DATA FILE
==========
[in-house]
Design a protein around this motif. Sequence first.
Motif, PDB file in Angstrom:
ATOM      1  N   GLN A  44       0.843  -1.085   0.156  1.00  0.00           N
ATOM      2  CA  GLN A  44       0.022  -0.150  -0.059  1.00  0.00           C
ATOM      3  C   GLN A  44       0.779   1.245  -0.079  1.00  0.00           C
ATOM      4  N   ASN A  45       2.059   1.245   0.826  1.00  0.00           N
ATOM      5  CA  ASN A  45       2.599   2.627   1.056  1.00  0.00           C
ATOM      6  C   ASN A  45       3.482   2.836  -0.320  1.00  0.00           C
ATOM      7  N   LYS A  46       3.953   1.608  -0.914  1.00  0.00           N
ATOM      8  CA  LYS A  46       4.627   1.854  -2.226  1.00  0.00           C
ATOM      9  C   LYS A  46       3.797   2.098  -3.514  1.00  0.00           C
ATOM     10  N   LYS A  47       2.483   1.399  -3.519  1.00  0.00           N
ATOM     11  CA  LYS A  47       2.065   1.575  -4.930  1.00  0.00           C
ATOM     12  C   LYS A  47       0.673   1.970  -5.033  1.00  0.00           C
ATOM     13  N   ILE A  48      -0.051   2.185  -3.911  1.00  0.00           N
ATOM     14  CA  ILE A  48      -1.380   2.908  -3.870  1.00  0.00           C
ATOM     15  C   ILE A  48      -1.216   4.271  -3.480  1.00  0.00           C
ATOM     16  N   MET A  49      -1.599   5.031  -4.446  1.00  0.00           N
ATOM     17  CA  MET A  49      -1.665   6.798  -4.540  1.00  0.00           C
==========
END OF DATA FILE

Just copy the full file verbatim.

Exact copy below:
[in-house]
Design a protein around this motif. Sequence first.
Motif, PDB file in Angstrom:
ATOM      1  N   GLN A  44       0.843  -1.085   0.156  1.00  0.00           N
ATOM      2  CA  GLN A  44       0.022  -0.150  -0.059  1.00  0.00           C
ATOM      3  C   GLN A  44       0.779   1.245  -0.079  1.00  0.00           C
ATOM      4  N   ASN A  45       2.059   1.245   0.826  1.00  0.00           N
ATOM      5  CA  ASN A  45       2.599   2.627   1.056  1.00  0.00           C
ATOM      6  C   ASN A  45       3.482   2.836  -0.320  1.00  0.00           C
ATOM      7  N   LYS A  46       3.953   1.608  -0.914  1.00  0.00           N
ATOM      8  CA  LYS A  46       4.627   1.854  -2.226  1.00  0.00           C
ATOM      9  C   LYS A  46       3.797   2.098  -3.514  1.00  0.00           C
ATOM     10  N   LYS A  47       2.483   1.399  -3.519  1.00  0.00           N
ATOM     11  CA  LYS A  47       2.065   1.575  -4.930  1.00  0.00           C
ATOM     12  C   LYS A  47       0.673   1.970  -5.033  1.00  0.00           C
ATOM     13  N   ILE A  48      -0.051   2.185  -3.911  1.00  0.00           N
ATOM     14  CA  ILE A  48      -1.380   2.908  -3.870  1.00  0.00           C
ATOM     15  C   ILE A  48      -1.216   4.271  -3.480  1.00  0.00           C
ATOM     16  N   MET A  49      -1.599   5.031  -4.446  1.00  0.00           N
ATOM     17  CA  MET A  49      -1.665   6.798  -4.540  1.00  0.00           C